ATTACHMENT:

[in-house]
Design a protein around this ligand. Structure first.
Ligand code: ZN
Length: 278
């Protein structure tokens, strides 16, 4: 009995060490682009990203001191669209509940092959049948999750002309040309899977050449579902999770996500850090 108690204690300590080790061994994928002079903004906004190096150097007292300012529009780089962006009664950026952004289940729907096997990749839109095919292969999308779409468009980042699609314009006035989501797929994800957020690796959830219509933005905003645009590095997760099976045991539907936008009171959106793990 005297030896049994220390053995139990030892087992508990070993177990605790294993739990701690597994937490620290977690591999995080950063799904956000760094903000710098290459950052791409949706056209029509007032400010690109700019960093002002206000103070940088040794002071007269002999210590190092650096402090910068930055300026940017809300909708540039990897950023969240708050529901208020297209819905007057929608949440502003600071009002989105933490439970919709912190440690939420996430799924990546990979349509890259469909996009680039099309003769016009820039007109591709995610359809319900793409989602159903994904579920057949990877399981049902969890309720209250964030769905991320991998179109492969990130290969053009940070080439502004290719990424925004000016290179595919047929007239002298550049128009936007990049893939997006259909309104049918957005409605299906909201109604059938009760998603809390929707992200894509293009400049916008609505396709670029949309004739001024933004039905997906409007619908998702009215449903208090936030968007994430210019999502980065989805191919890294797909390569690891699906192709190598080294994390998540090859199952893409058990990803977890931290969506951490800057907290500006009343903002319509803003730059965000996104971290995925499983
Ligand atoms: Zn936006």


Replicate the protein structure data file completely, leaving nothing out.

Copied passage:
[in-house]
Design a protein around this ligand. Structure first.
Ligand code: ZN
Length: 278
């Protein structure tokens, strides 16, 4: 009995060490682009990203001191669209509940092959049948999750002309040309899977050449579902999770996500850090 108690204690300590080790061994994928002079903004906004190096150097007292300012529009780089962006009664950026952004289940729907096997990749839109095919292969999308779409468009980042699609314009006035989501797929994800957020690796959830219509933005905003645009590095997760099976045991539907936008009171959106793990 005297030896049994220390053995139990030892087992508990070993177990605790294993739990701690597994937490620290977690591999995080950063799904956000760094903000710098290459950052791409949706056209029509007032400010690109700019960093002002206000103070940088040794002071007269002999210590190092650096402090910068930055300026940017809300909708540039990897950023969240708050529901208020297209819905007057929608949440502003600071009002989105933490439970919709912190440690939420996430799924990546990979349509890259469909996009680039099309003769016009820039007109591709995610359809319900793409989602159903994904579920057949990877399981049902969890309720209250964030769905991320991998179109492969990130290969053009940070080439502004290719990424925004000016290179595919047929007239002298550049128009936007990049893939997006259909309104049918957005409605299906909201109604059938009760998603809390929707992200894509293009400049916008609505396709670029949309004739001024933004039905997906409007619908998702009215449903208090936030968007994430210019999502980065989805191919890294797909390569690891699906192709190598080294994390998540090859199952893409058990990803977890931290969506951490800057907290500006009343903002319509803003730059965000996104971290995925499983
Ligand atoms: Zn936006």